Friday, October 23, 2015

Updated. Screwpine (pandan) Coconut Pancakes using bottled essence

I miss the aroma and taste of screwpine or pandan. It's a long-leaf shrub native in Southeast Asia and used as an aromatic and flavoring in cooking. It imparts a sweet smell, a nutty taste in any dish you make and gives a light, pastel green color too when extracted. 

Screwpine/pandan is best paired with coconut meat, coconut water and milk. In the Philippines, freshly cut pandan leaves are folded crosswise 3-4 times and placed in a pot of uncooked rice. When the rice is cooked, it gives a fresh aroma and herby flavor to the diminutive steamed rice and make your meal a bit more elegant. So whenever possible I can grab hold of it in an Asian store (which is seldom)-I would in several bunches. It can be freezed and it keeps for at least 3 months.

For today's recipe, I only have the bottled extract/essence to use. This is my first time using bottled Pandan extract. It is also more like a thicker version of a crepe instead of a regular, fluffy pancakes.

I love pancakes. Growing up-we call it "hotcakes" and it was a weekly treat in the house. Being poor and always strapped for cash, my Ma never experimented with extra ingredients: it was always vanilla flavor and it was fine with me and my baby brother.
 
 
 

Pre-note, Option 1: if you have some screwpine leaves, extract a couple teaspoons of juices from 1 leaf by chopping it and soaking them in the water you will use in the recipe. Strain the chopped leaf off the liquid. Set the liquid aside. If you do not have coconut essence/extract, soak the chopped screwpine in 1/4 cup + 1 teaspoon of coconut milk; lessen the coconut oil to 1 tablespoon. Strain the chopped leaf well off the coconut milk; set aside.


To make 5 medium size pancakes, you will need: 

1 cup all purpose flour
1/2 teaspoon baking powder (This will look like a thicker version of a crepe; thicker, regular pancakes could use 2 t.)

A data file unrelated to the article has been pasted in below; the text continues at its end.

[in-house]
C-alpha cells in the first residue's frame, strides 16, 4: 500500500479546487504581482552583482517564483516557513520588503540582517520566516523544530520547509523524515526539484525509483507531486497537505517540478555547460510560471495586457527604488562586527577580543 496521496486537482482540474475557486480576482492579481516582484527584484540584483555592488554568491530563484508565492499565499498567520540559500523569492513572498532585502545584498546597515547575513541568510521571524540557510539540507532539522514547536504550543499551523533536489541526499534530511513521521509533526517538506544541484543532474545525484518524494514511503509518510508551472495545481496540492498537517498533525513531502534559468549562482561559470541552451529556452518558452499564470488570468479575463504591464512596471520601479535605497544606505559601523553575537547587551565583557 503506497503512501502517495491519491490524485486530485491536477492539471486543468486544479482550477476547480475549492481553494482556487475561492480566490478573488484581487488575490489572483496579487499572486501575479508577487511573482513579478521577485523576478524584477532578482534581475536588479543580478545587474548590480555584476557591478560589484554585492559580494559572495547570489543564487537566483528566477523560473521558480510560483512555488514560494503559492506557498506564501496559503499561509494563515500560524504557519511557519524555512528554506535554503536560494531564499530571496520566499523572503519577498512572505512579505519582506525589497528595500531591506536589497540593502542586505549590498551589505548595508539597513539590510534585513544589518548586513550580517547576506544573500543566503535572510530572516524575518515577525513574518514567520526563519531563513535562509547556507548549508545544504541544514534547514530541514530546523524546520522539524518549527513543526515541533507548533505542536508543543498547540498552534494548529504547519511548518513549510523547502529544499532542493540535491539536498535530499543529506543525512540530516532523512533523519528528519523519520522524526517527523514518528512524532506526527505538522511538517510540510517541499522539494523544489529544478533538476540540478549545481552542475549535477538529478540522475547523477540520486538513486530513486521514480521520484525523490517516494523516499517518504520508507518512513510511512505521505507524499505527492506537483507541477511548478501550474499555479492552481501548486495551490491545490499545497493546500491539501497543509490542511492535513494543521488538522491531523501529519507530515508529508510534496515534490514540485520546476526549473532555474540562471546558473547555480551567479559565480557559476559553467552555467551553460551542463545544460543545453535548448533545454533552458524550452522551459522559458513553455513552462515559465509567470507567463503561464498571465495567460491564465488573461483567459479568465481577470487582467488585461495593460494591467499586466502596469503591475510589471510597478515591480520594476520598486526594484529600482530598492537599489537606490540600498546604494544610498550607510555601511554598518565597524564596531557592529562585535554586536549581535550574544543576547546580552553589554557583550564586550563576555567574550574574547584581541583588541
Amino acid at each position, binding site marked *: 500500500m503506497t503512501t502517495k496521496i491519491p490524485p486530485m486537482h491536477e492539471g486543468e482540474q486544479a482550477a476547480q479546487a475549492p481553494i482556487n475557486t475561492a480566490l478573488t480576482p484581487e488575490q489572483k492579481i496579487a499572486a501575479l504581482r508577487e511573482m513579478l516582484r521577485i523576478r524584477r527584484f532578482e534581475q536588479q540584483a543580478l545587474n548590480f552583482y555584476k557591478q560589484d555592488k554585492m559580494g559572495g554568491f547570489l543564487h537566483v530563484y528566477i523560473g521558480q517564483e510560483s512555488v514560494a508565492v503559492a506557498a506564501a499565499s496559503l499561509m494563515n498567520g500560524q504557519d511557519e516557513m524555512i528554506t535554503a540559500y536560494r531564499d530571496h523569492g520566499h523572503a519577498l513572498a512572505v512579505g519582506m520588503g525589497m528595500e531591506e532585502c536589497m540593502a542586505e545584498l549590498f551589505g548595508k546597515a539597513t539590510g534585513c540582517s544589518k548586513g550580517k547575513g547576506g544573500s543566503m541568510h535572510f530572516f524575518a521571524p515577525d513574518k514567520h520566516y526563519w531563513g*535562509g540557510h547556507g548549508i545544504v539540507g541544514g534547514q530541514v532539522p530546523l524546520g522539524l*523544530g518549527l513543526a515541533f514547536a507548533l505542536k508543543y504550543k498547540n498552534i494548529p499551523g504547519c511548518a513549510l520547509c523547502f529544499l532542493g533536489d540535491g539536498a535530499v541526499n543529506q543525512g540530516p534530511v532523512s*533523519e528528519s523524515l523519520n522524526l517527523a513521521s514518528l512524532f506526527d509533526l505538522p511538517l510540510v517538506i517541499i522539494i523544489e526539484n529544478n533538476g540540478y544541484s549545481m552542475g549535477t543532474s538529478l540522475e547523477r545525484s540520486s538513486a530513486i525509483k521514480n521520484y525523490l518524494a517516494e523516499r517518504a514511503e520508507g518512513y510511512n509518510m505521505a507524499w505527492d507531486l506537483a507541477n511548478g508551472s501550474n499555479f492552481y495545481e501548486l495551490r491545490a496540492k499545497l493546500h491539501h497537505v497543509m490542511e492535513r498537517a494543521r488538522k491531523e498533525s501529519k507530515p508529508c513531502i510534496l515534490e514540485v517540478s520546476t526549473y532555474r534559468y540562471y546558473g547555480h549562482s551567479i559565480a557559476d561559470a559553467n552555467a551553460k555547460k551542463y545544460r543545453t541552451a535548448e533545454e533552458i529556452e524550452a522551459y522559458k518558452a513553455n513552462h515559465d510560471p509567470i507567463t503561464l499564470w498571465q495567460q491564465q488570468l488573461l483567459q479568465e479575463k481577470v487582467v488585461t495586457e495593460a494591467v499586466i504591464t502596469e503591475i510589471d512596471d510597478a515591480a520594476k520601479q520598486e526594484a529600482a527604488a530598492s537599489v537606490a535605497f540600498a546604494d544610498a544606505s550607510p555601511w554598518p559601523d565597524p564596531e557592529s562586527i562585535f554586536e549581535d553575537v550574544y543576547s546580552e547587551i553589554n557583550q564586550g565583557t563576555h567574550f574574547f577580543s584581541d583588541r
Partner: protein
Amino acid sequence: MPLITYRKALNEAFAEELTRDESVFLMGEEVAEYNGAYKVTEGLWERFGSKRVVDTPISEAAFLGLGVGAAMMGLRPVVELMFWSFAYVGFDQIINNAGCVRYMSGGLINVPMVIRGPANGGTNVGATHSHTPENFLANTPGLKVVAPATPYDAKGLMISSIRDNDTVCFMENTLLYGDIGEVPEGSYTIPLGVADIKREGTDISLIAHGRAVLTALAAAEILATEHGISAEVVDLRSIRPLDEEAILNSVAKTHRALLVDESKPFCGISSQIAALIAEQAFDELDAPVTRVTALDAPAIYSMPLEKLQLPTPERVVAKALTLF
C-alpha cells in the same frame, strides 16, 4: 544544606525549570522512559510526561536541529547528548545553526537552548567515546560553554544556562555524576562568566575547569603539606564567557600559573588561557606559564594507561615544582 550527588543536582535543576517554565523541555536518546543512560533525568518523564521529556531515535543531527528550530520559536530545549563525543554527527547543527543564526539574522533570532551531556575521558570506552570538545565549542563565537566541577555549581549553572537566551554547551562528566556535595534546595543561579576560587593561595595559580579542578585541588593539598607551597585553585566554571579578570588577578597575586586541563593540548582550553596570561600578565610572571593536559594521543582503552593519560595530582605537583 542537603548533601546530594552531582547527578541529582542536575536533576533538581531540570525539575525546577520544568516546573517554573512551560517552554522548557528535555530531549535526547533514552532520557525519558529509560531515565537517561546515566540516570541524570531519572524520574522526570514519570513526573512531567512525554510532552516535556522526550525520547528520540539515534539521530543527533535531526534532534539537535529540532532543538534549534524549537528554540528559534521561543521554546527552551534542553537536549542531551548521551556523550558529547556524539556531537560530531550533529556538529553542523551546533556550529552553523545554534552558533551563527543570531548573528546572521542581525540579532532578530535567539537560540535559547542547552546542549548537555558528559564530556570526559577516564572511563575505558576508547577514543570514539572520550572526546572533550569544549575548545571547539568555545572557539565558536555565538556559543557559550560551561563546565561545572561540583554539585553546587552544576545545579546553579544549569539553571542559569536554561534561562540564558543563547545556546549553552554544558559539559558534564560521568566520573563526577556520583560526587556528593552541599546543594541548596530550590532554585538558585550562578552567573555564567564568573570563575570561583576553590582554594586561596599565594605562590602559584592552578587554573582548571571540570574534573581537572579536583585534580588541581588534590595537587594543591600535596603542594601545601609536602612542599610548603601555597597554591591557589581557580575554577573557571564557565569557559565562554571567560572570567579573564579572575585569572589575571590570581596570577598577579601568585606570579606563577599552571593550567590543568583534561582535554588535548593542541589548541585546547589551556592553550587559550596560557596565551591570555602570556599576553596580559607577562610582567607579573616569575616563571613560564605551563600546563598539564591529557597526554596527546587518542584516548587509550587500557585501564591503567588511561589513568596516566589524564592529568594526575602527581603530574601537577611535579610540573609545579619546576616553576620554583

3 tablespoons sugar
1/4 teaspoon salt
1 egg
1/4 c water or more to make a thick batter (Use 3/4 cup for thicker pancakes. You can also use fat-free coconut milk.)
2 drops of green food color (optional) 
  • Note: Your pancake will have a natural screwpine color if you use Option 1 above of flavoring your pancake.

3 tablespoons cooking oil (coconut, vegetable, canola, light olive oil) 
plus 2 drops on the pan for each pancake.

1 teaspoon screwpine essence 
1/2 teaspoon coconut essence

Procedure:

Preheat the pan on medium heat. While waiting for the pan to get hot, beat all the wet ingredients, 20 seconds. 
In another medium bowl, thoroughly mix the dry ingredients then add the wet ingredients and stir until just combined; do not overmix. Set aside.

Brush or smear the pan with cooking oil. This extra oil for the pan is not in the recipe.

Lightly stir the batter before pouring a 1/4 c of batter into the pan and cover to cook; 30seconds each side. If not covering, it's ready to flip when bubble starts to appear on top. Repeat the process until all batter is used. 

 Coconut milk Glaze

1/2 cup powdered sugar
3-5 tablespoons coconut milk, less or more if desired thick or runny glaze.

Mix vigorously in a medium bowl. Use immediately.

Assemblage:

Just pour the glaze on top of each pancake and enjoy. 

To make it more scrumptious, garnish with: 

finely crushed roasted peanuts or roasted coconut flakes (golden brown and lightly crunchy) or plain, sweetened coconut. 

You can also make 'latik' and sprinkle it on these pancakes. Latik is "toasted coconut milk curd".

To make latik: just let a can of full-fat coconut milk boil then simmer, stirring constantly until some coconut milk curdle and  floating on top of the oil. Keep stirring until brown and toasted. Do not burn.

How about all? 



                                              
     
Happy breakfast!